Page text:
ORIGINS AND EARLIEST HISTORY OF THE EARTH
1. THE BIG BANG OCCURS - the cataclysmic explosion and expansion of the original matter and energy of the Universe, estimated to have occurred about 13 billion years ago. Evidence: the stars appear to be receding (moving away) from Earth; the most distant stars are receding at the highest speeds.
2. THE SOLAR SYSTEM IS CREATED - about 5 billion years ago, a cloud of gas (mostly hydrogen) and cosmic dust began to gather and contract together (coalesce) slowly, through gravitational attraction. As the contraction increased, it began to heat up and rotate. The central mass of this cloud heated up to about 2 million degrees Centigrade, starting nuclear reactions which created the Sun.
3. THE PLANETS (INCLUDING EARTH) FORMS - the remaining gaseous material (planetesimals) of the proto-cloud condensed into smaller spheres, and became the planets. Smaller bits of leftover rocks and dust became asteroids, meteorites, and comets.
4. EARLY EARTH HEATS UP - over the first several hundred million years of the Earth's earliest history, the planet's interior began to heat up, from these 3 sources:
a. bombardment and absorption of planetesimals
(meteorites, asteroids, and comets)
b. energy of motion (energy from the spinning of the early dust cloud)
c. radioactive decay of uranium and other radioactive elements
5. THE GREAT IRON CATASTROPHE - Due to tremendous bombardment by huge meteorites, asteroids, and comets, the earth's earliest crust and perhaps early oceans may have been repeatedly destroyed and re-melted. A stable crust may not have developed until about 3.8 billion years ago, the age of the oldest known rocks on Earth. Originally, the elements of the Earth were probably distributed more or less evenly (homogenously). The build-up of heat in the Earth's interior heat became so great that the earth's crust heated up to over 2000 degrees and melted. After the crust melted, the heavy elements such as iron "fell" towards the Earth's interior. The Earth redistributed its elements into layers or zones, such that most of the iron and heavier elements concentrated in the core, while mostly lighter elements ended up in the crust. This violent event is known as the Great Iron Catastrophe. Because the oldest crust of the Earth was destroyed by this event, no rocks older than 3.8 billion years have ever been found. Geologists assumed that the Earth is the same age as meteorites, which have been radiometrically age-dated at 4.6 billion years.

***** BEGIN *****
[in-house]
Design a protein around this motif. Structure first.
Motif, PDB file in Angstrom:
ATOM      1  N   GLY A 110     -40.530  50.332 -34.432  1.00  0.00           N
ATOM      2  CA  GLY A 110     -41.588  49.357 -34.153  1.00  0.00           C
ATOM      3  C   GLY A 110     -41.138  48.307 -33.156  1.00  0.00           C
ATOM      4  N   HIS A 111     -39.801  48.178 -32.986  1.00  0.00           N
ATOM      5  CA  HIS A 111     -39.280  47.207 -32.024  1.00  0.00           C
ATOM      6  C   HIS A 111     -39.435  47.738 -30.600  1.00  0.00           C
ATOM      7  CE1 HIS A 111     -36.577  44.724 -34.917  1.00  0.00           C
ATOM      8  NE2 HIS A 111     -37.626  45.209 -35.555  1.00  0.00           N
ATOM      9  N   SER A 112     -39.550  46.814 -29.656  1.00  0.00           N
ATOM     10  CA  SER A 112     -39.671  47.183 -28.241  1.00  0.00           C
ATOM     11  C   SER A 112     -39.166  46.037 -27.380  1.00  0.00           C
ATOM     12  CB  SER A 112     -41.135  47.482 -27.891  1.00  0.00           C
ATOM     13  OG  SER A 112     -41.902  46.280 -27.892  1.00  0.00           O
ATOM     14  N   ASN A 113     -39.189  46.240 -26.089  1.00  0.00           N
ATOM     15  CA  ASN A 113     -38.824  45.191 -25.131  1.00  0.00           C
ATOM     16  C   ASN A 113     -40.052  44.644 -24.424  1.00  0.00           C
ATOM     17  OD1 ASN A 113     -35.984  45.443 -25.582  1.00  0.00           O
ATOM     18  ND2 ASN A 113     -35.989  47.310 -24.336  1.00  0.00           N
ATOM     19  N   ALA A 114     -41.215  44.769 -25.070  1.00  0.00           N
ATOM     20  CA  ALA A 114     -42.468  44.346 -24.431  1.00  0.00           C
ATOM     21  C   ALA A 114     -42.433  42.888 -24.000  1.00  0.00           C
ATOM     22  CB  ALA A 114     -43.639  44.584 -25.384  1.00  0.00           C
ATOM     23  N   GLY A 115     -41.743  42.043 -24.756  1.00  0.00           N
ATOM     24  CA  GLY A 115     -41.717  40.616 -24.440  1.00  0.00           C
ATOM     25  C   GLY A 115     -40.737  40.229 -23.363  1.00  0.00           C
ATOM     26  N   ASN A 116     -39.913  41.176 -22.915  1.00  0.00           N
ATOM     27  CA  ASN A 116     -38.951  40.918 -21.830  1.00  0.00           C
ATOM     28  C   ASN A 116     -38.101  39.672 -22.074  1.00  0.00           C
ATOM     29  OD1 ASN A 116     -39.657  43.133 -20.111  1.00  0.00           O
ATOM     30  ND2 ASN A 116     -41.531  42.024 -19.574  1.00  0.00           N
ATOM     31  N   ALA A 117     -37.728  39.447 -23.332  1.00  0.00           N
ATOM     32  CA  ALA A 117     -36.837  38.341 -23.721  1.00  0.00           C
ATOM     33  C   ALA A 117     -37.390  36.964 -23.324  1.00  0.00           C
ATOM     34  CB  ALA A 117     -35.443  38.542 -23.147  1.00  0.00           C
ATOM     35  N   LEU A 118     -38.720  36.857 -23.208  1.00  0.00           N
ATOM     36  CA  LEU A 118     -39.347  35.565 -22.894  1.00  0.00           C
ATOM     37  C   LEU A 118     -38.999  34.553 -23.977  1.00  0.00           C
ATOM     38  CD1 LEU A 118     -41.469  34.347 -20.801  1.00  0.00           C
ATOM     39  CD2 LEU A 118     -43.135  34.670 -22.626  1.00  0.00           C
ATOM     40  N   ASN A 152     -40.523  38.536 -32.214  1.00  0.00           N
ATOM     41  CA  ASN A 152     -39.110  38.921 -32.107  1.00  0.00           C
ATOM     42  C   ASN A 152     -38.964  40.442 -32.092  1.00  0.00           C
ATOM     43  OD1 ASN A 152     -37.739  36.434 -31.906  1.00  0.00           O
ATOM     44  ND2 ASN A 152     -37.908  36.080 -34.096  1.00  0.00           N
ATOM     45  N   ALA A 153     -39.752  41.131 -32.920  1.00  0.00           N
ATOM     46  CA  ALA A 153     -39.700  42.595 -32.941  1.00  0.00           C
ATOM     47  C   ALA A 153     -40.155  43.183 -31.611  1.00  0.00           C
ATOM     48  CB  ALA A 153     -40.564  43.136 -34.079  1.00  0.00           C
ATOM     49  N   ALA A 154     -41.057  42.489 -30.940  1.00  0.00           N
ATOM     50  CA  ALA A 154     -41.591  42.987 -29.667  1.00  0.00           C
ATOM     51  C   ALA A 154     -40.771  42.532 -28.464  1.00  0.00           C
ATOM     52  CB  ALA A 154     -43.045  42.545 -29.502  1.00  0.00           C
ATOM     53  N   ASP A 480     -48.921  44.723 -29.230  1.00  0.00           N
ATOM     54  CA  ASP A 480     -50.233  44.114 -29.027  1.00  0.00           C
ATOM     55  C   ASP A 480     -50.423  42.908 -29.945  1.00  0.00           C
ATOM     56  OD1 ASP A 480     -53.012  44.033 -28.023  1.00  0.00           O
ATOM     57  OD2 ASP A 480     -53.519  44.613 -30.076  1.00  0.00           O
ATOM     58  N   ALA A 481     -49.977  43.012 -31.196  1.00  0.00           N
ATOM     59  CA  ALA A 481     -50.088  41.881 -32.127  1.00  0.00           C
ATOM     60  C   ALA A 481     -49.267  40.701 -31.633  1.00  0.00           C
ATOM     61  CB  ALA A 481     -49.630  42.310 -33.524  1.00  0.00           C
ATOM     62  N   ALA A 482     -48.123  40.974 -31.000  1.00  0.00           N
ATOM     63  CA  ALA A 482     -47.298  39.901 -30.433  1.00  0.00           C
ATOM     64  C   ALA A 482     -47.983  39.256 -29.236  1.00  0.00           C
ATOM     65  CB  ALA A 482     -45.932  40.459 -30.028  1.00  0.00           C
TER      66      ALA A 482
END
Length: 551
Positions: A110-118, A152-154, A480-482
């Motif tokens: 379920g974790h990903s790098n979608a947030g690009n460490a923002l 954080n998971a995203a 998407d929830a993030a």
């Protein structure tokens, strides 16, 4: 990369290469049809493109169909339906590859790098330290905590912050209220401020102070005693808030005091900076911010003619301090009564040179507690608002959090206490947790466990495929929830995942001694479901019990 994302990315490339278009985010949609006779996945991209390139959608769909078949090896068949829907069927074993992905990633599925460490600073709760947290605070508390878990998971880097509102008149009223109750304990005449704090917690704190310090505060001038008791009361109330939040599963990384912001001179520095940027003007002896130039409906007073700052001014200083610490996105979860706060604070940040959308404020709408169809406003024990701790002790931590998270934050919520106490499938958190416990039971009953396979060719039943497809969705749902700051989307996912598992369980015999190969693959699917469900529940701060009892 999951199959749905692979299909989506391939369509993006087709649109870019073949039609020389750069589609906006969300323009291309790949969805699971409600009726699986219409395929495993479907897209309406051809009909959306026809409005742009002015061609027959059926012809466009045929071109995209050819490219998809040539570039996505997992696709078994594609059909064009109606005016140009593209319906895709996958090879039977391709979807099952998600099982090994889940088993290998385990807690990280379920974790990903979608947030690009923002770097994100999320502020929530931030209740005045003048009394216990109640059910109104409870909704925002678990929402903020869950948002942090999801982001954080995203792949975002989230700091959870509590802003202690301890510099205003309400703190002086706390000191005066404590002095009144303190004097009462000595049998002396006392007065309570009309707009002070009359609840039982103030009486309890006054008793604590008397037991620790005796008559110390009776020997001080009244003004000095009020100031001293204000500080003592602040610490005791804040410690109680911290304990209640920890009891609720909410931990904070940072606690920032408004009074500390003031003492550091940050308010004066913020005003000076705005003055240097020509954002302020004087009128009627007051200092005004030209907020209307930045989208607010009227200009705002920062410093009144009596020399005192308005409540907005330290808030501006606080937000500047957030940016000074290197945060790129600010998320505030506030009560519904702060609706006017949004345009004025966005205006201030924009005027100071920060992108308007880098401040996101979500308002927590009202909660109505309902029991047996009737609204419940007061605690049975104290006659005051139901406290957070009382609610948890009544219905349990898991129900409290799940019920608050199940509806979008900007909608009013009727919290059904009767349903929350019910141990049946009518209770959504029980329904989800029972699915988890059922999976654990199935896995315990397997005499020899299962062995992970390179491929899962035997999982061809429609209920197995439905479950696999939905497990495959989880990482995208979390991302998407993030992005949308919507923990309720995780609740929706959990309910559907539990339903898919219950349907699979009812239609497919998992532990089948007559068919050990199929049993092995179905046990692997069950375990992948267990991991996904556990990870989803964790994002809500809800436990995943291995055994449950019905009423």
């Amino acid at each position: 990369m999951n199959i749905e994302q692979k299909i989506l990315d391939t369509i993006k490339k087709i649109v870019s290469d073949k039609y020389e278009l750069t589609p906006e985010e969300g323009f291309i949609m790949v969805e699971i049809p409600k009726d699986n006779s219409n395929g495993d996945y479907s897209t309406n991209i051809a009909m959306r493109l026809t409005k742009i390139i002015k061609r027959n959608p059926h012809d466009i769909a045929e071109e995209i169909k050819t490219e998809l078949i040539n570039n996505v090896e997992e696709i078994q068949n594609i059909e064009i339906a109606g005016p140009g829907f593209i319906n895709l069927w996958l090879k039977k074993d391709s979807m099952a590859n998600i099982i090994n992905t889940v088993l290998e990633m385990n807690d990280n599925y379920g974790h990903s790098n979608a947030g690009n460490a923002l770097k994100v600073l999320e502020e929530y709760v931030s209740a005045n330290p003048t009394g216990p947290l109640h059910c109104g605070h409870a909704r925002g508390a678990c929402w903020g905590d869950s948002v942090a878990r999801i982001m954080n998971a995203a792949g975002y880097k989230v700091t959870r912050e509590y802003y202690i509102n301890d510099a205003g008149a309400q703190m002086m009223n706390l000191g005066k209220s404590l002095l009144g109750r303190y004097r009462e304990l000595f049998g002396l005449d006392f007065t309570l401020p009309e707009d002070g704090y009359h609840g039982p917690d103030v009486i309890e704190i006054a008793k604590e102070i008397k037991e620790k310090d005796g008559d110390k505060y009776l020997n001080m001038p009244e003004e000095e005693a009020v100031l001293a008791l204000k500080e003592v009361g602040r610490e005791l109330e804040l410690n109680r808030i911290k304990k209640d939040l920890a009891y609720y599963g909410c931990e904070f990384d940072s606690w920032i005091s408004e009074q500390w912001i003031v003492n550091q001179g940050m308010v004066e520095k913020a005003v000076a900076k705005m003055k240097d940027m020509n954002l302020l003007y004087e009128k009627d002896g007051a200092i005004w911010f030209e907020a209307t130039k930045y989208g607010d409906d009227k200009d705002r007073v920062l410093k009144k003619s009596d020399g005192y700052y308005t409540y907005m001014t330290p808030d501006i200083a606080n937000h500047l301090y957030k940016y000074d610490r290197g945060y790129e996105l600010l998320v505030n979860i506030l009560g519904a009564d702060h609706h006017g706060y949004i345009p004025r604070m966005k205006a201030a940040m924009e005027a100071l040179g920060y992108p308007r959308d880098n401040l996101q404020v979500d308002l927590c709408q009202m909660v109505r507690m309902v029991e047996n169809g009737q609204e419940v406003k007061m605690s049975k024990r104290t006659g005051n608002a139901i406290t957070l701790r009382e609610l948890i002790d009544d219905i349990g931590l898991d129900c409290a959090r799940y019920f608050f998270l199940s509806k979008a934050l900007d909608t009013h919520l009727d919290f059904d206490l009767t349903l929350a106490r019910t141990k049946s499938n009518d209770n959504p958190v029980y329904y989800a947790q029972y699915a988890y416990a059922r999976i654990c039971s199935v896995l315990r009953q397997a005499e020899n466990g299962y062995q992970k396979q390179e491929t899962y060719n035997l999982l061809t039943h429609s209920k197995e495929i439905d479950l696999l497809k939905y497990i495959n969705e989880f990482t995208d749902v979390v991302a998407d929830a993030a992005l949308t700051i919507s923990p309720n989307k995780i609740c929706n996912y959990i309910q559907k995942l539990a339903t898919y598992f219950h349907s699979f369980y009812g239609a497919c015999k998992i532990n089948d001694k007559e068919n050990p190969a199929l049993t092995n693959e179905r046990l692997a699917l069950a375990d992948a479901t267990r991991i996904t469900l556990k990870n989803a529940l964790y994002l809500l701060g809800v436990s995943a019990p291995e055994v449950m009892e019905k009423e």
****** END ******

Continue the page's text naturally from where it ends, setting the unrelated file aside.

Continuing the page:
6. THE GREAT RAIN - Much of the Earth's water came from the interior of the planet, through intense volcanic activity. Water molecules were part of the minerals of the deeply-buried rocks. Through volcanic eruptions, these water molecules escaped into the atmosphere initially as steam. Eventually, condensation of this volcanic steam lead to rainfall. In order to fill the ocean basins, it may have rained for thousands of years. Rain of Comets: Recent evidence suggests that a significant portion of Earth's water may also come from the crash-landing of comets, which are large balls of ice and dust that travel through outer space.
7. FIRST LIFE ON EARTH arose from the oceans, often called "the cradle of life." The oldest fossil remains are age-dated at 3.8 billion years, and consisted of simple one-celled creatures known as blue-green algae and bacteria. These simple life forms were able to manufacture their own food by converting sunlight into energy and storing the energy inside their cells.